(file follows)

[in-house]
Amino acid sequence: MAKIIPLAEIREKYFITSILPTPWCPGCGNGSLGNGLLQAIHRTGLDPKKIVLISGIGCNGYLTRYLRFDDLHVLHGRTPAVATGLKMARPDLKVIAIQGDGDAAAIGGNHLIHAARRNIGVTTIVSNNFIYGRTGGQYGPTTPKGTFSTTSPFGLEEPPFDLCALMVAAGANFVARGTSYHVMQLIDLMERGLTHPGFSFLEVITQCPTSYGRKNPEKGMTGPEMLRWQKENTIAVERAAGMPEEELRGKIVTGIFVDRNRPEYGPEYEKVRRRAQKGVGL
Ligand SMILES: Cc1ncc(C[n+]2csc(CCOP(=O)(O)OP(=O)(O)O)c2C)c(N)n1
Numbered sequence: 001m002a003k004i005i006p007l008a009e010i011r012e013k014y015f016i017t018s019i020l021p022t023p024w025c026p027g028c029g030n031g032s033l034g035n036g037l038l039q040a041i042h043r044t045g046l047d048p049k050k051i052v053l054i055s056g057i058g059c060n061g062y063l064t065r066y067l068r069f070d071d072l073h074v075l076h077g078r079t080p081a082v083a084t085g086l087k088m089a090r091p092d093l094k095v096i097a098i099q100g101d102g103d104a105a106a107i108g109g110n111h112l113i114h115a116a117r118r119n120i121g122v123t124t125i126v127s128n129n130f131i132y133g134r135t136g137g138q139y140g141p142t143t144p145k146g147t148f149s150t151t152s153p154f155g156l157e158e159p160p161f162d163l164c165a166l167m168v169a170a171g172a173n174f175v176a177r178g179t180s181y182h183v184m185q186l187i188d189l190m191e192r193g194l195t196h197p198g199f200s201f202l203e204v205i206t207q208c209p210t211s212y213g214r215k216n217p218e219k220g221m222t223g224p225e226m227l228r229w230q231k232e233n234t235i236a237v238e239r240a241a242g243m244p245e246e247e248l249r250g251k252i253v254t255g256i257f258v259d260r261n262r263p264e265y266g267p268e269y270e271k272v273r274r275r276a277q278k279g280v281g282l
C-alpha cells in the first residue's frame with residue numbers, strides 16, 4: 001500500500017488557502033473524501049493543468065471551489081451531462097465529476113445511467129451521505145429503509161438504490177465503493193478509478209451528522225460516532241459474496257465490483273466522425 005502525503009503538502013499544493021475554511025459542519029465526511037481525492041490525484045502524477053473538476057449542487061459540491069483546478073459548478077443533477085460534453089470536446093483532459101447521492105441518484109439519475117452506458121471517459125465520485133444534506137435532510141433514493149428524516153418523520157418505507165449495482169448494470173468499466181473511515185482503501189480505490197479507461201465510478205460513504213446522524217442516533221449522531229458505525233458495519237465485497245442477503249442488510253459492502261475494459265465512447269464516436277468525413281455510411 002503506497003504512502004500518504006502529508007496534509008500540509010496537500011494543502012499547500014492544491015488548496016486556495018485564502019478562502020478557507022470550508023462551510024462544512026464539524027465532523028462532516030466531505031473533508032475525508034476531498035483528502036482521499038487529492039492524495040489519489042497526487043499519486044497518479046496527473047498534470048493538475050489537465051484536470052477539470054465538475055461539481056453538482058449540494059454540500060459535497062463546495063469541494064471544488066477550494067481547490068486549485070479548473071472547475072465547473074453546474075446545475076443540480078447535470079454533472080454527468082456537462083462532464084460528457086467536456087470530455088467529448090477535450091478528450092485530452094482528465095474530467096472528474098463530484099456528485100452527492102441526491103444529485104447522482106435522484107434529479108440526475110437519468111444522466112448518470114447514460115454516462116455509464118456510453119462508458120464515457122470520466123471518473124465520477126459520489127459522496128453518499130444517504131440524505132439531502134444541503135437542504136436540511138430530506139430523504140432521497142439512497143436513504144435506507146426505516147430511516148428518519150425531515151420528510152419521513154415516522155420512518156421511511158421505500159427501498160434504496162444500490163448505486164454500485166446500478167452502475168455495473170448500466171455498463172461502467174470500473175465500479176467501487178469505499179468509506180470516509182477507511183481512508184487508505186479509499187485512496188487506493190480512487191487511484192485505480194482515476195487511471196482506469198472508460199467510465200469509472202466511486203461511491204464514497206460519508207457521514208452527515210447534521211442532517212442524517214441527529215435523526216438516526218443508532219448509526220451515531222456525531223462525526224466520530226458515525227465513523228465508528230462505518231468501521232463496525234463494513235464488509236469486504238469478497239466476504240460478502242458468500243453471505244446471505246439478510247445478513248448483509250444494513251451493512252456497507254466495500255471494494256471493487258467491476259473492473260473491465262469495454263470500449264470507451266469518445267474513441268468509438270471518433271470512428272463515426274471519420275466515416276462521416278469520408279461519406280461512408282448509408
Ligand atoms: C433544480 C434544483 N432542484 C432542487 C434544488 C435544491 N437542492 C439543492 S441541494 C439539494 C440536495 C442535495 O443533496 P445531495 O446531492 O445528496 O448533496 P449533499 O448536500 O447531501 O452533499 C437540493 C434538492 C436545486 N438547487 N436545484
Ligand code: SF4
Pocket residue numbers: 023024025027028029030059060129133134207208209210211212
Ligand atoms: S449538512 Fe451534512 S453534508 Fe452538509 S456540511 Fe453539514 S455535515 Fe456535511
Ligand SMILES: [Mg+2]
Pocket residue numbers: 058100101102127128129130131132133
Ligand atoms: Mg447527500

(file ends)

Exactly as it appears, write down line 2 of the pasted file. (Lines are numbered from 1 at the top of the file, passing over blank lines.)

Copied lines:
Amino acid sequence: MAKIIPLAEIREKYFITSILPTPWCPGCGNGSLGNGLLQAIHRTGLDPKKIVLISGIGCNGYLTRYLRFDDLHVLHGRTPAVATGLKMARPDLKVIAIQGDGDAAAIGGNHLIHAARRNIGVTTIVSNNFIYGRTGGQYGPTTPKGTFSTTSPFGLEEPPFDLCALMVAAGANFVARGTSYHVMQLIDLMERGLTHPGFSFLEVITQCPTSYGRKNPEKGMTGPEMLRWQKENTIAVERAAGMPEEELRGKIVTGIFVDRNRPEYGPEYEKVRRRAQKGVGL